Sobibor was surrounded by double barbed wire fences which were thatched with pine branches in order to block the view inside. At its southeast corner, it had two side-by-side gates. One was for trains; the other was for foot traffic and vehicles. The site was divided into five compounds: the Vorlager and four Lagers numbered I-IV.
The Vorlager[change | change source]
The Vorlager (front compound) contained living quarters and recreational buildings for the camp personnel. The SS officers lived in cottages with colorful names such as Lustiger Floh (the Merry Flea), Schwalbennest (the Swallow's Nest), and Gottes Heimat (God's Own Home). They also had a canteen, a bowling alley, a hair salon, and a dentist's office, all staffed by Jewish prisoners. Trawniki men (Soviet prisoners of war who agreed to help the Nazis) had their own separate barracks and recreational buildings, including a hair salon and a canteen.
The Nazis paid great attention to the appearance of the Vorlager. It was neatly landscaped, with lawns and gardens, outdoor terraces, gravel-lined paths, and professionally painted signs. Its beautiful appearance helped hide the camp's purpose from new prisoners, who arrived on the ramp next to the Vorlager. Survivor Jules Schelvis recalled that when he arrived at Sobibor, he felt reassured by the Vorlager's "Tyrolean cottage-like barracks with their bright little curtains and geraniums on the windowsills".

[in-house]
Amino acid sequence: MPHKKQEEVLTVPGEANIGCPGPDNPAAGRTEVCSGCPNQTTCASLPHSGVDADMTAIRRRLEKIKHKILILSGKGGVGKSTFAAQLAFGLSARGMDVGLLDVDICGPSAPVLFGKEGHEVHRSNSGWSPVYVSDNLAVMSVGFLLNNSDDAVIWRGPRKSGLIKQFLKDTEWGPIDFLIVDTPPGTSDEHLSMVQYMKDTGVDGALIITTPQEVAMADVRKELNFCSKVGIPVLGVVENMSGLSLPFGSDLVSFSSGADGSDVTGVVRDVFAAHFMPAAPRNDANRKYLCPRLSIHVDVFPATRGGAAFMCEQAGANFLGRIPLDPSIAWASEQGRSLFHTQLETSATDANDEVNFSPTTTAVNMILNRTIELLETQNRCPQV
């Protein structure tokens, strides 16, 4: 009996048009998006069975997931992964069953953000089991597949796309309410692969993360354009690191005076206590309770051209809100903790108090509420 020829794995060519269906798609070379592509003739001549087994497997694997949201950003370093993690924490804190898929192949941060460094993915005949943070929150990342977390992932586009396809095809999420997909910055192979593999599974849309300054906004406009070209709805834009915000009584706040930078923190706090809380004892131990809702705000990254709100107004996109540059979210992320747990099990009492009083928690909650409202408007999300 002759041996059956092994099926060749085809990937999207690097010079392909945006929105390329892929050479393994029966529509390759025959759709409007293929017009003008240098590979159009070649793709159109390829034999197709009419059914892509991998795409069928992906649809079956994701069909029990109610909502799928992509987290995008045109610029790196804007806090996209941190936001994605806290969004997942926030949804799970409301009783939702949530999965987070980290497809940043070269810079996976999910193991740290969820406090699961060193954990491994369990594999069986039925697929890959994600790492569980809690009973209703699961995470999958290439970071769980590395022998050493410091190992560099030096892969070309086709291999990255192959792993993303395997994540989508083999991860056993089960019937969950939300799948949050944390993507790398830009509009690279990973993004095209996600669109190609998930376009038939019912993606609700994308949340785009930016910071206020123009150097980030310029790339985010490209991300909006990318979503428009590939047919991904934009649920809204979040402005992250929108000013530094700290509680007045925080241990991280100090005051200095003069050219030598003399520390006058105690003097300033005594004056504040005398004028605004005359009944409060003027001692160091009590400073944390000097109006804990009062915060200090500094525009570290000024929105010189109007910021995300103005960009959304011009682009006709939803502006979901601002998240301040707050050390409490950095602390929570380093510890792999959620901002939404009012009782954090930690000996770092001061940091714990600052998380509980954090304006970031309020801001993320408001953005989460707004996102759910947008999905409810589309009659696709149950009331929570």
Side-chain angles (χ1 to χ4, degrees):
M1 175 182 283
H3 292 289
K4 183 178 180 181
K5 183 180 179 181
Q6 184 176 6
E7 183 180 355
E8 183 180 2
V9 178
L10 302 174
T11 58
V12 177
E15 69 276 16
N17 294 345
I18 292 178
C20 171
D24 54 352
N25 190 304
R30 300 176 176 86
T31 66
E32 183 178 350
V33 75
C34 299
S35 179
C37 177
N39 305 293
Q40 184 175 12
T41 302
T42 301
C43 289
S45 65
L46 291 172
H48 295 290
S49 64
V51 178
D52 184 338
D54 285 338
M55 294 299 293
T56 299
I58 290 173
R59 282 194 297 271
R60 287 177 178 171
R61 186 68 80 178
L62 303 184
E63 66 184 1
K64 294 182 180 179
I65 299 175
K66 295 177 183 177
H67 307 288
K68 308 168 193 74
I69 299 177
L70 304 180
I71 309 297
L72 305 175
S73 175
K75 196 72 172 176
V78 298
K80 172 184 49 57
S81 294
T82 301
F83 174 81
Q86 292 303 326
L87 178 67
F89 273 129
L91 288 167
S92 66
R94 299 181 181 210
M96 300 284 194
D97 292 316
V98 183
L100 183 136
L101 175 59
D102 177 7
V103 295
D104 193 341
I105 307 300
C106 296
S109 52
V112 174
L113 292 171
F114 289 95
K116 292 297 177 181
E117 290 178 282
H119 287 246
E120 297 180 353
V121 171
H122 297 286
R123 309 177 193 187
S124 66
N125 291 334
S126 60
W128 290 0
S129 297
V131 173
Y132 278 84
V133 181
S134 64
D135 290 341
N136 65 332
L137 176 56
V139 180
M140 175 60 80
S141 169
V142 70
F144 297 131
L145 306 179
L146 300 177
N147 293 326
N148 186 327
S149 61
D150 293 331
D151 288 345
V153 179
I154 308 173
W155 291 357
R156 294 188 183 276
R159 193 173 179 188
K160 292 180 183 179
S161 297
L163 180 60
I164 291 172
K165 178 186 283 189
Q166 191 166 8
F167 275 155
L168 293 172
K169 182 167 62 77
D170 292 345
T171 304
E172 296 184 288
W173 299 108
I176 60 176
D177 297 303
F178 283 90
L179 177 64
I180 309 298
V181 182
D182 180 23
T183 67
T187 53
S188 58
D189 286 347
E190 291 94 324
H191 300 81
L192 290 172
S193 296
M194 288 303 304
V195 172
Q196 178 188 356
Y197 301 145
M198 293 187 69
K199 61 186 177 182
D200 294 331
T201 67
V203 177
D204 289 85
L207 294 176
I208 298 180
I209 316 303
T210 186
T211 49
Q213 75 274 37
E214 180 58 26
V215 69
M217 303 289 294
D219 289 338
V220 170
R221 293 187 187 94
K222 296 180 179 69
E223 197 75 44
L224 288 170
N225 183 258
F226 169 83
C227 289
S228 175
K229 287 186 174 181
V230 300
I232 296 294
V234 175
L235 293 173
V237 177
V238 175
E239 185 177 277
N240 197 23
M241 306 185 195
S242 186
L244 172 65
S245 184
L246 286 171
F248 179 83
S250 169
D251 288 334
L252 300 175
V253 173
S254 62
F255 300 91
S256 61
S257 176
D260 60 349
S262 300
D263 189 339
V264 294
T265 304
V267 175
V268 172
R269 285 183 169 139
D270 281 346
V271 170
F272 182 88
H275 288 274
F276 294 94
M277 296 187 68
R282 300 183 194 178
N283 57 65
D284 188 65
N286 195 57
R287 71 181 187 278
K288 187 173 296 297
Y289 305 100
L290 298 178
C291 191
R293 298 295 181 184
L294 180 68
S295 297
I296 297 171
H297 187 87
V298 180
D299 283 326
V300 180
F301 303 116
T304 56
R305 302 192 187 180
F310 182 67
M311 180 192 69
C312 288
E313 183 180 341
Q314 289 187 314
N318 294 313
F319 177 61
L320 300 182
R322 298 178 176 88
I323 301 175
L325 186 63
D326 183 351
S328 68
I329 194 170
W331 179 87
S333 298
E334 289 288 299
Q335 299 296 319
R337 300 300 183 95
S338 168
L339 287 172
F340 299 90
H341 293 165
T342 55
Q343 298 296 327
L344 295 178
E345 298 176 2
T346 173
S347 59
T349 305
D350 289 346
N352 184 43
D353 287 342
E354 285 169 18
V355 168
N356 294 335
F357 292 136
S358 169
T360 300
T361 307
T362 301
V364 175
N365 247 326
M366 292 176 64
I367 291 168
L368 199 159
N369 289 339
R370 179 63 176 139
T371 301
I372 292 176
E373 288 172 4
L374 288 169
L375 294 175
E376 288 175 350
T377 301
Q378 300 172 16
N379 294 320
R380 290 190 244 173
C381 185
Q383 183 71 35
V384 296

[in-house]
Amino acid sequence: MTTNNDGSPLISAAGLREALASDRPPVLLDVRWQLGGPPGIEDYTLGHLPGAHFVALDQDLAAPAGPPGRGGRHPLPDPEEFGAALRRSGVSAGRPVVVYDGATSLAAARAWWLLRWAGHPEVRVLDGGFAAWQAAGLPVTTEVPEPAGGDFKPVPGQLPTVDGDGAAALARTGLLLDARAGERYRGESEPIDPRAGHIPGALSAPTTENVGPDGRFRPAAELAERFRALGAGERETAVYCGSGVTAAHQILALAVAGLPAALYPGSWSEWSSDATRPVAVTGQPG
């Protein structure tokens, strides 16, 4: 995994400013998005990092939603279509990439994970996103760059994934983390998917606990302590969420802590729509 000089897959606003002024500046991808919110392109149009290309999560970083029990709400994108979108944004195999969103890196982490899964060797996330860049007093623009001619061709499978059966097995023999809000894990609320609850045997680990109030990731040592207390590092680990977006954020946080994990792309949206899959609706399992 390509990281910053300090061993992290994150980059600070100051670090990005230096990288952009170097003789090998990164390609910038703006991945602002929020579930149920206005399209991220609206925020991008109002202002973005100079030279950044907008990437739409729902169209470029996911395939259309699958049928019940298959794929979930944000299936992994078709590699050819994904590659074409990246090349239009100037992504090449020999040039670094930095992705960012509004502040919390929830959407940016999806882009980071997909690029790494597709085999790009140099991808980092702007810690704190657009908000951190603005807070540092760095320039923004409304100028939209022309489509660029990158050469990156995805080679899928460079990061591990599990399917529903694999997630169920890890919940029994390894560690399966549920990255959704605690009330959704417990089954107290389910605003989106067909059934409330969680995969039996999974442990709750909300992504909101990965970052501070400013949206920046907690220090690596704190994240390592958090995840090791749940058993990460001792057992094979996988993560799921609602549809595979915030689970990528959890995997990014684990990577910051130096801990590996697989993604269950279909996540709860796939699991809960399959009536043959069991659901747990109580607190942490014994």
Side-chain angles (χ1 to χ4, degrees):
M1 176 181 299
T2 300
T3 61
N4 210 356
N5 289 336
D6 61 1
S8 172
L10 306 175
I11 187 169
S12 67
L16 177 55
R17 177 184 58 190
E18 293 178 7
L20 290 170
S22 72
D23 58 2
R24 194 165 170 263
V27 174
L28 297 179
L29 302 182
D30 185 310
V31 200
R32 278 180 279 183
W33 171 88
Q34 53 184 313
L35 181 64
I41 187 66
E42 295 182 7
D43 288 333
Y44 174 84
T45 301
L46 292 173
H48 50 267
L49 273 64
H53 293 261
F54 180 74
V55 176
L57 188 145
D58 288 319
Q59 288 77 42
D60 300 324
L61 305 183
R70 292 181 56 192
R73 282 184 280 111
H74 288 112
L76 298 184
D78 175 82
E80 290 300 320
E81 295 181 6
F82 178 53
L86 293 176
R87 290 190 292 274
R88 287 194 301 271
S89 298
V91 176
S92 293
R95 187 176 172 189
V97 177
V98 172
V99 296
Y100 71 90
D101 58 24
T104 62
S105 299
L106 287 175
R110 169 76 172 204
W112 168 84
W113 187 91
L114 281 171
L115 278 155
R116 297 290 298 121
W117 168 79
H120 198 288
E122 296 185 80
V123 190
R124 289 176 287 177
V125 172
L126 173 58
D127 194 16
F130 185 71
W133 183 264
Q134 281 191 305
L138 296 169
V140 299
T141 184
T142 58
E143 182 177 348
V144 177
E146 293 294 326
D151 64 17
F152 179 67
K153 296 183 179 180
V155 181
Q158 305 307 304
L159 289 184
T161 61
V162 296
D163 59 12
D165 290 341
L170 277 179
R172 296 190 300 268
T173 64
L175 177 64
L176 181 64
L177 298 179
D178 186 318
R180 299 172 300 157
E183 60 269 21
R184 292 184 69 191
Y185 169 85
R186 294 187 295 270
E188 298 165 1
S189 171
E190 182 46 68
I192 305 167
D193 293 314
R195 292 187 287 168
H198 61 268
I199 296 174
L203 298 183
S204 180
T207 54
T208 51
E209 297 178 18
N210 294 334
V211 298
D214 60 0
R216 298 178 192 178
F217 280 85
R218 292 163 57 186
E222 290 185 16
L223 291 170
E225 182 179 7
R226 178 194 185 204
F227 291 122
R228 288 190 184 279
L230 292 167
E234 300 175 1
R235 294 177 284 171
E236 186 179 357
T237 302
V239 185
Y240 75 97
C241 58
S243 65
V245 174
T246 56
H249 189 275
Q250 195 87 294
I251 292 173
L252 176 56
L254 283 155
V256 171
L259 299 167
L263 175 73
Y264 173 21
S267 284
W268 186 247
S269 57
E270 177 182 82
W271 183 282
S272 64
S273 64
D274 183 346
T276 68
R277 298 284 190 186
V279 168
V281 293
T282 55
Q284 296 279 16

Lager I[change | change source]
Lager I contained barracks and workshops for the prisoners. There were workshops for sign-painting and carpentry; a tailor's workshop; a bakery; and a mechanics shop.  A person could only reach Lager I by passing through the Vorlager. The Nazis built a water-filled trench on Lager I's western boundary to make it impossible for prisoners to escape there.
Lager II[change | change source]
Lager II was a larger compound with several purposes. The camp's administration building was in a subsection called the "Erbhof". This building was constructed before World War II; before the Nazi occupation, the local Polish forestry service had used it. The Nazis adapted this building to include living space for some SS officers; storage for things stolen from victims' luggage; and a pharmacy. The medications in the pharmacy were also taken from victims' luggage. A small farm was also located in the Erbhof. There, Jewish prisoners raised chickens, pigs, geese, fruits and vegetables for the SS officers to eat.